The Wildlife Trusts unveil new nature recovery projects – restoring peatlands, saltmarsh, kelp forests, chalk grassland, wetlands and woods – to store carbon
Today, a raft of new projects designed to help the UK tackle the climate and nature emergency is announced by The Wildlife Trusts. They focus on employing nature‐based solutions to increase carbon storage while restoring habitats on land and at sea.
The 12 schemes include:
- a pioneering collaboration to improve huge tracts of fragmented wetlands across four neighbouring counties in England and Wales – paving the way for the reintroduction of beavers.
- restoring precious peatland habitats across Yorkshire, Durham, Cumbria Northumberland, and Somerset
- expanding saltmarsh restoration along the Essex coast
The projects, which will help the UK achieve its ambition of reaching net zero carbon emissions by 2050, are able to move forward thanks to almost £2 million in funding raised by players of People’s Postcode Lottery.
In other areas, new seagrass habitats will be planted in the Solent, fragmented woodlands will be connected throughout Derbyshire, habitat features to protect temperature‐sensitive chalk grassland butterflies in Bedfordshire will be created, and support will be given to a pioneering project to restore a kelp forest off the Sussex coast.
As the UK gears up to hosting the UN climate conference COP 26 in November, The Wildlife Trusts – a movement of 46 nature charities – are delivering on‐the‐ground, natural solutions to ensure the UK plays its part in tackling the interlinked climate and nature crises.
The restoration of the natural world is fundamental to realising the ambition to restrict global temperature rise to below 1.5 degrees Celsius.
Craig Bennett, Chief Executive of The Wildlife Trusts, says:
“Nature can be our biggest ally in limiting global temperature rises, but we have to give it a huge helping hand. We need to cut emissions at source to fight climate change – and we can also have a big impact by restoring nature because wilder places lock‐up carbon.
“That means repairing the amazing habitats in our seas, rewetting peatlands, dramatically changing how we manage farmland, rewilding landscapes, and bringing back habitats that have been lost.
“Crucially, we need to fund projects that get results. Thanks to support from players of People’s Postcode Lottery, we’re delighted to move forward with these 12 high‐impact schemes, which will help to bring nature back and store carbon – both on land and at sea.”
Laura Chow, Head of Charities at People’s Postcode Lottery, says:
“We’re delighted funding raised by our players is helping The Wildlife Trusts restore habitats across the country that play a key role in accumulating and storing carbon. By helping nature thrive, these ambitious projects offer solutions to the challenges we face from climate change so these landscapes and the wildlife there can be enjoyed by future generations.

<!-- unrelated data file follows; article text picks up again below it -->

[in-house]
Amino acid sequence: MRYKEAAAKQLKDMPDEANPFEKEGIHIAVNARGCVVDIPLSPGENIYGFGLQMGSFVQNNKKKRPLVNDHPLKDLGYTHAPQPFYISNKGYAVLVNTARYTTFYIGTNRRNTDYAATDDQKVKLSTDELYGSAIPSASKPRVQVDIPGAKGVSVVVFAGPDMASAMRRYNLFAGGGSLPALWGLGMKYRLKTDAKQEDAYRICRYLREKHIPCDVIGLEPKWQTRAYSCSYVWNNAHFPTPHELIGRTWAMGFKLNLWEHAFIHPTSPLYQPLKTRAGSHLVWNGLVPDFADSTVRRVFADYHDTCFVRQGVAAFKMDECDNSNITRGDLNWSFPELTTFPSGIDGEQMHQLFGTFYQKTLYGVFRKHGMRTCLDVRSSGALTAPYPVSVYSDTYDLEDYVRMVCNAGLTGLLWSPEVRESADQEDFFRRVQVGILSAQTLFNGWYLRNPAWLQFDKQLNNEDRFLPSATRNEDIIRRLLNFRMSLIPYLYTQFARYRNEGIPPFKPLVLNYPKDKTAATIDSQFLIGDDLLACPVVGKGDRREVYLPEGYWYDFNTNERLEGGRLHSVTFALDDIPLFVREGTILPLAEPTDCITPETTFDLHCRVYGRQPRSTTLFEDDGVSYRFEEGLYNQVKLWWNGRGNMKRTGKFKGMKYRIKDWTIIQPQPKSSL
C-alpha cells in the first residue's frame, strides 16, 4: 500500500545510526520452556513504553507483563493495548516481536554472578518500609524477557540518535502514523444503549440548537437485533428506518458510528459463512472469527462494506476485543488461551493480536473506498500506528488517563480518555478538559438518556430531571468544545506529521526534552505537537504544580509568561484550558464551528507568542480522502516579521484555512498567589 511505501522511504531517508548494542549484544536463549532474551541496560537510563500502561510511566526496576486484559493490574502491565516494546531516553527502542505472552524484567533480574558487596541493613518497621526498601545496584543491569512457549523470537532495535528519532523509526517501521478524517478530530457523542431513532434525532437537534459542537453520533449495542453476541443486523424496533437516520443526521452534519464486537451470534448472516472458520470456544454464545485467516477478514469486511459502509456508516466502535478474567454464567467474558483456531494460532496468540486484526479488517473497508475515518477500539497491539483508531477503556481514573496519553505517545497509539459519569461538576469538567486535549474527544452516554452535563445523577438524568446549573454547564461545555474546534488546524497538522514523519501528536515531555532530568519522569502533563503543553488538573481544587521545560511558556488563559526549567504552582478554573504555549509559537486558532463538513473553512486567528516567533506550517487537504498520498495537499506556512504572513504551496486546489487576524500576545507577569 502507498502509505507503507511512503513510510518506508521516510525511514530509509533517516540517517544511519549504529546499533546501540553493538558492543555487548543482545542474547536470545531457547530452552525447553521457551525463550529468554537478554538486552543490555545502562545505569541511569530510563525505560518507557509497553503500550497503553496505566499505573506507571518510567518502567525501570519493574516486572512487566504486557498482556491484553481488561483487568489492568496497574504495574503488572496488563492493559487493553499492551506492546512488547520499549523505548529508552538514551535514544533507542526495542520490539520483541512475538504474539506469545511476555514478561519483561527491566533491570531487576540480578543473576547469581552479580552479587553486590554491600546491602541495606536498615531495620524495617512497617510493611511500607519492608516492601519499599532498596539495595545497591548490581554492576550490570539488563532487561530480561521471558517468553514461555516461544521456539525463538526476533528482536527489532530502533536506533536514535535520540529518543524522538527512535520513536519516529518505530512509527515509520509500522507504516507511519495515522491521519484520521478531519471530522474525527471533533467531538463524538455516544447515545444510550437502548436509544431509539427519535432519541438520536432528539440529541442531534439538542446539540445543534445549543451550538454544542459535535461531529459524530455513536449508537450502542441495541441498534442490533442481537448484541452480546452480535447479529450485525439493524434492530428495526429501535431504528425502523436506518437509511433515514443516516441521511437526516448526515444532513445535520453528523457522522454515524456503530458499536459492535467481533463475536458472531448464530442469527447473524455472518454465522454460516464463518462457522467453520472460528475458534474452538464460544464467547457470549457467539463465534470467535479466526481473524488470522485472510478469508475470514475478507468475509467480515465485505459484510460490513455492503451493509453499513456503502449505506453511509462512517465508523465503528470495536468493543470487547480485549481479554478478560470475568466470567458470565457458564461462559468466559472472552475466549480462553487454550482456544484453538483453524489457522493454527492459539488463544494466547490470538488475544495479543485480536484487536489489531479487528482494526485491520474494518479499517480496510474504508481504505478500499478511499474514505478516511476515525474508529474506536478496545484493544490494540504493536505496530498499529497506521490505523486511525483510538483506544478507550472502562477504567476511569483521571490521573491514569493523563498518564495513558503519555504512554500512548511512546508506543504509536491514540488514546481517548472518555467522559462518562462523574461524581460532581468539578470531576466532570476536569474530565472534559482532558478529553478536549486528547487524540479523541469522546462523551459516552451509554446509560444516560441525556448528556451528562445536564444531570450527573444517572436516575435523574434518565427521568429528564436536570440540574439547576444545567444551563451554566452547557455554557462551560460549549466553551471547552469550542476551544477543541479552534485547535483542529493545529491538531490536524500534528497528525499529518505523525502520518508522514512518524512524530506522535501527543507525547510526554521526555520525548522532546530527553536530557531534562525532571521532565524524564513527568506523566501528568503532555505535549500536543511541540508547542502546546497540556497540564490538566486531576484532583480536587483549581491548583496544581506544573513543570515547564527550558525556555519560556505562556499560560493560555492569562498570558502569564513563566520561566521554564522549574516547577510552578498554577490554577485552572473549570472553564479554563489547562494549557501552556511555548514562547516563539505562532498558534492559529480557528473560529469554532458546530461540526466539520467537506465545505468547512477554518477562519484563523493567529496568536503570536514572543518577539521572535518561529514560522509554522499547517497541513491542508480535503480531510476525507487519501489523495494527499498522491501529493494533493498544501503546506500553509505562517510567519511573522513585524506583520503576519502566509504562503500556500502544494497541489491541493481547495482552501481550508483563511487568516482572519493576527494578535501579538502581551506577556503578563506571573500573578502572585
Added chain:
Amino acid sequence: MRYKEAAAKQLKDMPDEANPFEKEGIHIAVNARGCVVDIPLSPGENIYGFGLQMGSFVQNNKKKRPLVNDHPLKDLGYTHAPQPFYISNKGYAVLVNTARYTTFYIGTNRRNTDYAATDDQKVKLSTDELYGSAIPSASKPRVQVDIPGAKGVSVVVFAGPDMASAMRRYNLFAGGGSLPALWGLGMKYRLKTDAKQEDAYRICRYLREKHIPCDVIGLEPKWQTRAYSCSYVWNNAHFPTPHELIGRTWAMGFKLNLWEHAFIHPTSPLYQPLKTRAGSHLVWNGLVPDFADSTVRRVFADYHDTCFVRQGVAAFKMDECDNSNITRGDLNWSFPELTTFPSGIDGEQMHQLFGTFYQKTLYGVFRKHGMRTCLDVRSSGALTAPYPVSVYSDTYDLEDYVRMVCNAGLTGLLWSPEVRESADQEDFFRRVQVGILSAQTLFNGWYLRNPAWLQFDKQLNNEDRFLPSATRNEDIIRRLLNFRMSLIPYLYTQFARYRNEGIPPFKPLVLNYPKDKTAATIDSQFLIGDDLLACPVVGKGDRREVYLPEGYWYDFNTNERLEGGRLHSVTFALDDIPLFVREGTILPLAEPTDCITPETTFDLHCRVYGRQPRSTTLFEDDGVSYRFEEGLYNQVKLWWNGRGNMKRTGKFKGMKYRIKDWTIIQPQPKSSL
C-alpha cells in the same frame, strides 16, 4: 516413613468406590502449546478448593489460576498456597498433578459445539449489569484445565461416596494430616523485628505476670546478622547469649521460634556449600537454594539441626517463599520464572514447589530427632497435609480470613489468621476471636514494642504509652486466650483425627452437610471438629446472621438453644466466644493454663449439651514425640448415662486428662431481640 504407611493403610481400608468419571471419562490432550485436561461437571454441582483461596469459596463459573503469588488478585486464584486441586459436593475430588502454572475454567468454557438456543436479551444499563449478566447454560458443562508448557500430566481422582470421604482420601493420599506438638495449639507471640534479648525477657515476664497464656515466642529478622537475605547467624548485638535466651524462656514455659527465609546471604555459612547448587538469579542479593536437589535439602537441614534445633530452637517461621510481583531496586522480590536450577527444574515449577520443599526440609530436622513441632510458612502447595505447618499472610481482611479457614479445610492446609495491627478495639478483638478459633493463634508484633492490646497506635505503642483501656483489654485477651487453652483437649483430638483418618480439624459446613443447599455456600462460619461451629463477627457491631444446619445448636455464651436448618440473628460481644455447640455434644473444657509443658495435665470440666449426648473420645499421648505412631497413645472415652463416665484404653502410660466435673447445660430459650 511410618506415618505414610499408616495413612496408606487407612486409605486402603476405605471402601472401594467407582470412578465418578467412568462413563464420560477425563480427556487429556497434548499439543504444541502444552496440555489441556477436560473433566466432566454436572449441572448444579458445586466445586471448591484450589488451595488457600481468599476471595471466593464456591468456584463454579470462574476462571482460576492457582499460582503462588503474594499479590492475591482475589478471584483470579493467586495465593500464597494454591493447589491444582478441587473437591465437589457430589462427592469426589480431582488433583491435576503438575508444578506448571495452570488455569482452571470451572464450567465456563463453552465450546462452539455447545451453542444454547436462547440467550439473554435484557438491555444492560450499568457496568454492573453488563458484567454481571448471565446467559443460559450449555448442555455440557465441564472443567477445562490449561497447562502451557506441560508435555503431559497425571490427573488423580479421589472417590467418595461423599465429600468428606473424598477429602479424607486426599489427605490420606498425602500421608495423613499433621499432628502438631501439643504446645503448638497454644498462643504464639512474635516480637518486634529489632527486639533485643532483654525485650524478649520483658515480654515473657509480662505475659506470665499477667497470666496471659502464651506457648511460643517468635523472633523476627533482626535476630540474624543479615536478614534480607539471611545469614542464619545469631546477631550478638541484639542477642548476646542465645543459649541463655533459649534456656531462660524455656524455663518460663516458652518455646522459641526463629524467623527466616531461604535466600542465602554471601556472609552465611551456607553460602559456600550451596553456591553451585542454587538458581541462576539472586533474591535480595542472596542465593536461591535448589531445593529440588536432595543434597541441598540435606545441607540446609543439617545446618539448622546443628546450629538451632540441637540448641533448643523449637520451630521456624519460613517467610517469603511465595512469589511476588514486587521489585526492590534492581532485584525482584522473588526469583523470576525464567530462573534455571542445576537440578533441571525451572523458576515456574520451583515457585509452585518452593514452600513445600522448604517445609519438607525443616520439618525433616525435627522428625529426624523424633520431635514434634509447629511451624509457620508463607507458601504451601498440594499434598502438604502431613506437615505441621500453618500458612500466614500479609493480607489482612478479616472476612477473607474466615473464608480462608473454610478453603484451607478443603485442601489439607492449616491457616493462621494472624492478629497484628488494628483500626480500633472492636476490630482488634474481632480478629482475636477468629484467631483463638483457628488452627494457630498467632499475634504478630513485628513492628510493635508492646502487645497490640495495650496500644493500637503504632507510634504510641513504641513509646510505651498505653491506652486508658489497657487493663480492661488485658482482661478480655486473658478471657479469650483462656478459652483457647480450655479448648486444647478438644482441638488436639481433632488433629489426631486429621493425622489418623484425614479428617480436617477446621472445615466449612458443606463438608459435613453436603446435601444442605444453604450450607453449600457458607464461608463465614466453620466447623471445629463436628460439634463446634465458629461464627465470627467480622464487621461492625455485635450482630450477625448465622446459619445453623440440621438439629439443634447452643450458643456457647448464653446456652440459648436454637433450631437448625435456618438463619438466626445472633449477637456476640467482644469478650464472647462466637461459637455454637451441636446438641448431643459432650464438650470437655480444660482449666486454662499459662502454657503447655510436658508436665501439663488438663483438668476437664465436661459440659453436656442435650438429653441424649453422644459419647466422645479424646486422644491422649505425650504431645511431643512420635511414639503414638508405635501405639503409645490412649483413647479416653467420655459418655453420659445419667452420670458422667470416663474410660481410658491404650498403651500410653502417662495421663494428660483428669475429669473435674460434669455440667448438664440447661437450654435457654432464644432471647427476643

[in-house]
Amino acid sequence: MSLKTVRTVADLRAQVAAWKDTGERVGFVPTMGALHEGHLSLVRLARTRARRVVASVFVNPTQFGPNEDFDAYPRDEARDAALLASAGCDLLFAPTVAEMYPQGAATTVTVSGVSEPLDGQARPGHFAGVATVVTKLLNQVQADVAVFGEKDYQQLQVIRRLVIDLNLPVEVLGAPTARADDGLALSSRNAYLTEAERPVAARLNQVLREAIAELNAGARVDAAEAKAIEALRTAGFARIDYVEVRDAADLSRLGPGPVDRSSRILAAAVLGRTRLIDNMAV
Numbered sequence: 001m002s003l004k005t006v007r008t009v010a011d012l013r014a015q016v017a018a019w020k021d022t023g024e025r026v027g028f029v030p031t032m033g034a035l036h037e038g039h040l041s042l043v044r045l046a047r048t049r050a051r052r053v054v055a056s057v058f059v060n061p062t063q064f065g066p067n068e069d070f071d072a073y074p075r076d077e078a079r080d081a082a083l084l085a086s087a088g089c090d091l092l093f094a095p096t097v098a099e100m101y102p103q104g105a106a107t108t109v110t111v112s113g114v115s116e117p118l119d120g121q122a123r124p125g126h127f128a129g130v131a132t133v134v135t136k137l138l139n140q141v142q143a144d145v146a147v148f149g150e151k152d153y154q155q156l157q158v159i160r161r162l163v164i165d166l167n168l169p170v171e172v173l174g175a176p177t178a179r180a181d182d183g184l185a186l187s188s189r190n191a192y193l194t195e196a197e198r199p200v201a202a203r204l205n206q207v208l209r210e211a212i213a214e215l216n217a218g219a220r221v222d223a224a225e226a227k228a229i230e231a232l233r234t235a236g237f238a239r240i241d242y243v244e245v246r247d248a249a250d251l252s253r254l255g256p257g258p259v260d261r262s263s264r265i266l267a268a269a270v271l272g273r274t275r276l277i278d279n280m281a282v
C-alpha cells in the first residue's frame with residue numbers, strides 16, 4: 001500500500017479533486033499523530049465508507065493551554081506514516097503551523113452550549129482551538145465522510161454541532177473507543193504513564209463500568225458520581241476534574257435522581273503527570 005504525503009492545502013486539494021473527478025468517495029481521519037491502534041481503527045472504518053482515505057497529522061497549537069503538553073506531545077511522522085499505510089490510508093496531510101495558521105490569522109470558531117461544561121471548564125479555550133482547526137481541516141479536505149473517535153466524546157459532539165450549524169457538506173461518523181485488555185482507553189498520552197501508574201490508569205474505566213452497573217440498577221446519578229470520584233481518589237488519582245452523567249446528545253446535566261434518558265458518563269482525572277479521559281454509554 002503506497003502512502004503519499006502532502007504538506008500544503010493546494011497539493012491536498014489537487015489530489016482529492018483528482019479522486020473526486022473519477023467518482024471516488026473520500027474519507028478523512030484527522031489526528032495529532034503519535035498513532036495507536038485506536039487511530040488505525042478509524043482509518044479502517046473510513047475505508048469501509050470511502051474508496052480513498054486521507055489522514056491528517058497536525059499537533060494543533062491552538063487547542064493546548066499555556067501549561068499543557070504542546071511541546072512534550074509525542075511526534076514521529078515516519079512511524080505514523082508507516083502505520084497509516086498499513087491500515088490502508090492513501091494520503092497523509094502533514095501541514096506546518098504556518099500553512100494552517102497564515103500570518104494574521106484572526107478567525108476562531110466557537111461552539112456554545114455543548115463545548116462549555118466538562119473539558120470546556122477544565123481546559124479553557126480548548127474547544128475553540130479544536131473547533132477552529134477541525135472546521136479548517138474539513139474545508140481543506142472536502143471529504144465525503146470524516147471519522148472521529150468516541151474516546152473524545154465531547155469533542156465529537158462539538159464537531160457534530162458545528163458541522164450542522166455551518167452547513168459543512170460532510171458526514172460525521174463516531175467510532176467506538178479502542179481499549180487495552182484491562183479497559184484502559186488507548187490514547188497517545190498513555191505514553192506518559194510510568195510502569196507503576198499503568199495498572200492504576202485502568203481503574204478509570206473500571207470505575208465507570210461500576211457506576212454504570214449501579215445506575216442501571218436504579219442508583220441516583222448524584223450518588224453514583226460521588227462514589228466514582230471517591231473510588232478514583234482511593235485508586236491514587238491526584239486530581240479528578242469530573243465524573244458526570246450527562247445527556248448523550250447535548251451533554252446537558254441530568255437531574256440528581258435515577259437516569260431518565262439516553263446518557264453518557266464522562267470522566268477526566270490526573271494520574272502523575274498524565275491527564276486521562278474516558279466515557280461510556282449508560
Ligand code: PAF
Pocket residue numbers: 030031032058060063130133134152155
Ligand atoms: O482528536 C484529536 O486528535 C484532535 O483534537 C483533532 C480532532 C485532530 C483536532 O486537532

“Players of People’s Postcode Lottery are supporting these projects as part of our Postcode Climate Challenge initiative, which is providing 12 charities with an additional £24 million in funding for initiatives tackling climate change this year.”
The diversity of the 12 projects reflects the vast and varied ways nature can help to tackle climate change. They also show how the UK can become a world leader in transforming its land and seas to lock in carbon and bring wildlife back as well.
The projects are:
- Hampshire & Isle of Wight Wildlife Trust – seagrass restoration in the Solent
Hampshire & Isle of Wight Wildlife Trust, in partnership with Boskalis Westminster, is restoring seagrass in the Solent. Marine wildlife experts and volunteers will collect seagrass seed and process it in preparation for planting, using hessian seed bags which are then deployed in the field to help restore the seagrass habitat. The project will create a wilder Solent supporting increased biodiversity and sustainable fisheries, promoting greater ecosystem services, cleaner water, and creating a natural carbon solution to tackle climate change. The project is being closely monitored so lessons learnt can help replicate the technique at scale within the Solent region and beyond. Seagrasses can capture carbon up to 35 times faster than tropical rainforests, and account for 10% of the ocean’s total burial of carbon – despite covering less than 0.2% of the ocean floor.
- Bedfordshire, Cambridgeshire & Northamptonshire Wildlife Trust – creating habitat features to help temperature‐sensitive butterflies
- Cheshire, Staffordshire and Shropshire Wildlife Trusts – restoring fragmented wetlands, paving the way to bring back beavers
- Cumbria Wildlife Trust – peatland repair and sphagnum moss farming
- Derbyshire Wildlife Trust – facilitating woodland creation and connectivity in the Derwent Valley
- Devon Wildlife Trust – creating a site to demonstrate nature‐based solutions
- Essex Wildlife Trust – expanding saltmarsh restoration
- Nottinghamshire Wildlife Trust – creating a nature recovery network
- Sheffield and Rotherham Wildlife Trust – natural flood management across a river catchment
- Somerset Wildlife Trust – survey work to enable lowland peatland restoration
- Sussex Wildlife Trust – working with local communities to restore a kelp forest
- Yorkshire Wildlife Trust – the restoration of the Great North Bog
Please see Editor’s Notes for project details.
Players of People’s Postcode Lottery have been supporting The Wildlife Trusts since 2008 and have raised over £15 million to date. Funding has helped The Wildlife Trusts to protect wild places and wildlife, provide opportunities for children to explore nature, create outdoor learning areas, and empower people of all ages to help wildlife in their daily lives.